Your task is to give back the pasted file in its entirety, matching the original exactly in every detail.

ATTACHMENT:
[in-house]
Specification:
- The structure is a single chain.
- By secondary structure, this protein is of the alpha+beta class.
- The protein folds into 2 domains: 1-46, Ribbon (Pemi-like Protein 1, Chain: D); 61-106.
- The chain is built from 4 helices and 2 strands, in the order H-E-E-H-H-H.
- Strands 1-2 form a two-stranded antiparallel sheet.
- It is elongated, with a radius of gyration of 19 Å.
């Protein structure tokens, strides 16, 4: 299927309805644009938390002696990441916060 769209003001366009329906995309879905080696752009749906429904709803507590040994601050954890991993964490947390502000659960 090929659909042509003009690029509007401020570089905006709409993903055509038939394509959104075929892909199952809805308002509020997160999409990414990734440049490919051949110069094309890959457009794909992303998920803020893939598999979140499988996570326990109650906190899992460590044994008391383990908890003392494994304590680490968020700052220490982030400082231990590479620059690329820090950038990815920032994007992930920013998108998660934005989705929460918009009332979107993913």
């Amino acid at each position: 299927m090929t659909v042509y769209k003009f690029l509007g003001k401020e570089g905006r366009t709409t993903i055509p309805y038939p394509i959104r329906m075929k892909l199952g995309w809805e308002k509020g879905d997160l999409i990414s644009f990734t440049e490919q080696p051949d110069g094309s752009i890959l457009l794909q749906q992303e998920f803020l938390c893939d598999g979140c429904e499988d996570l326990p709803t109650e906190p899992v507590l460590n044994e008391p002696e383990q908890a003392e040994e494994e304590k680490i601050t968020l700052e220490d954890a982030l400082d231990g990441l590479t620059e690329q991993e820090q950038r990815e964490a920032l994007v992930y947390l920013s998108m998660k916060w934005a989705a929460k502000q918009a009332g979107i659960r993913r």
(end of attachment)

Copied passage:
[in-house]
Specification:
- The structure is a single chain.
- By secondary structure, this protein is of the alpha+beta class.
- The protein folds into 2 domains: 1-46, Ribbon (Pemi-like Protein 1, Chain: D); 61-106.
- The chain is built from 4 helices and 2 strands, in the order H-E-E-H-H-H.
- Strands 1-2 form a two-stranded antiparallel sheet.
- It is elongated, with a radius of gyration of 19 Å.
């Protein structure tokens, strides 16, 4: 299927309805644009938390002696990441916060 769209003001366009329906995309879905080696752009749906429904709803507590040994601050954890991993964490947390502000659960 090929659909042509003009690029509007401020570089905006709409993903055509038939394509959104075929892909199952809805308002509020997160999409990414990734440049490919051949110069094309890959457009794909992303998920803020893939598999979140499988996570326990109650906190899992460590044994008391383990908890003392494994304590680490968020700052220490982030400082231990590479620059690329820090950038990815920032994007992930920013998108998660934005989705929460918009009332979107993913």
């Amino acid at each position: 299927m090929t659909v042509y769209k003009f690029l509007g003001k401020e570089g905006r366009t709409t993903i055509p309805y038939p394509i959104r329906m075929k892909l199952g995309w809805e308002k509020g879905d997160l999409i990414s644009f990734t440049e490919q080696p051949d110069g094309s752009i890959l457009l794909q749906q992303e998920f803020l938390c893939d598999g979140c429904e499988d996570l326990p709803t109650e906190p899992v507590l460590n044994e008391p002696e383990q908890a003392e040994e494994e304590k680490i601050t968020l700052e220490d954890a982030l400082d231990g990441l590479t620059e690329q991993e820090q950038r990815e964490a920032l994007v992930y947390l920013s998108m998660k916060w934005a989705a929460k502000q918009a009332g979107i659960r993913r």